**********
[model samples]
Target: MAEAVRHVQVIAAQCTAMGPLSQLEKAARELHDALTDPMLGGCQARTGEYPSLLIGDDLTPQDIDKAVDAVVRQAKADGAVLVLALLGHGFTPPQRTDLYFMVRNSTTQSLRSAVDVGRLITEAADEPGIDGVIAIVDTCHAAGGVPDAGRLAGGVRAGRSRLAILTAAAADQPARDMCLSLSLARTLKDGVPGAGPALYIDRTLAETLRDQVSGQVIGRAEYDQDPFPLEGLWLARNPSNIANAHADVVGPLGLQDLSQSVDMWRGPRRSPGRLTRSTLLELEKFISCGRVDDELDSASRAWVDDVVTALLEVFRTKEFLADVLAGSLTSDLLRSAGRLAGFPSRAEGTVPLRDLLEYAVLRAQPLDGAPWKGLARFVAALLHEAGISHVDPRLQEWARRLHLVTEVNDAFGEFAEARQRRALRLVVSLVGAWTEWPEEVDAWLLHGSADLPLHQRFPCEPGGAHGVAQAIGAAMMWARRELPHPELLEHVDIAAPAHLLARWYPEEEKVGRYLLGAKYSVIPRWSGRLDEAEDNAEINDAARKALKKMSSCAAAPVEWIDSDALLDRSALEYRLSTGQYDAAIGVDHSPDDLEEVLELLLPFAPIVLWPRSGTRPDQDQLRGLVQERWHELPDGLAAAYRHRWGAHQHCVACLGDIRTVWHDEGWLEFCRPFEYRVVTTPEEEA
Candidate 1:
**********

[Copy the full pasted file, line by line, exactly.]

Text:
[model samples]
Target: MAEAVRHVQVIAAQCTAMGPLSQLEKAARELHDALTDPMLGGCQARTGEYPSLLIGDDLTPQDIDKAVDAVVRQAKADGAVLVLALLGHGFTPPQRTDLYFMVRNSTTQSLRSAVDVGRLITEAADEPGIDGVIAIVDTCHAAGGVPDAGRLAGGVRAGRSRLAILTAAAADQPARDMCLSLSLARTLKDGVPGAGPALYIDRTLAETLRDQVSGQVIGRAEYDQDPFPLEGLWLARNPSNIANAHADVVGPLGLQDLSQSVDMWRGPRRSPGRLTRSTLLELEKFISCGRVDDELDSASRAWVDDVVTALLEVFRTKEFLADVLAGSLTSDLLRSAGRLAGFPSRAEGTVPLRDLLEYAVLRAQPLDGAPWKGLARFVAALLHEAGISHVDPRLQEWARRLHLVTEVNDAFGEFAEARQRRALRLVVSLVGAWTEWPEEVDAWLLHGSADLPLHQRFPCEPGGAHGVAQAIGAAMMWARRELPHPELLEHVDIAAPAHLLARWYPEEEKVGRYLLGAKYSVIPRWSGRLDEAEDNAEINDAARKALKKMSSCAAAPVEWIDSDALLDRSALEYRLSTGQYDAAIGVDHSPDDLEEVLELLLPFAPIVLWPRSGTRPDQDQLRGLVQERWHELPDGLAAAYRHRWGAHQHCVACLGDIRTVWHDEGWLEFCRPFEYRVVTTPEEEA
Candidate 1: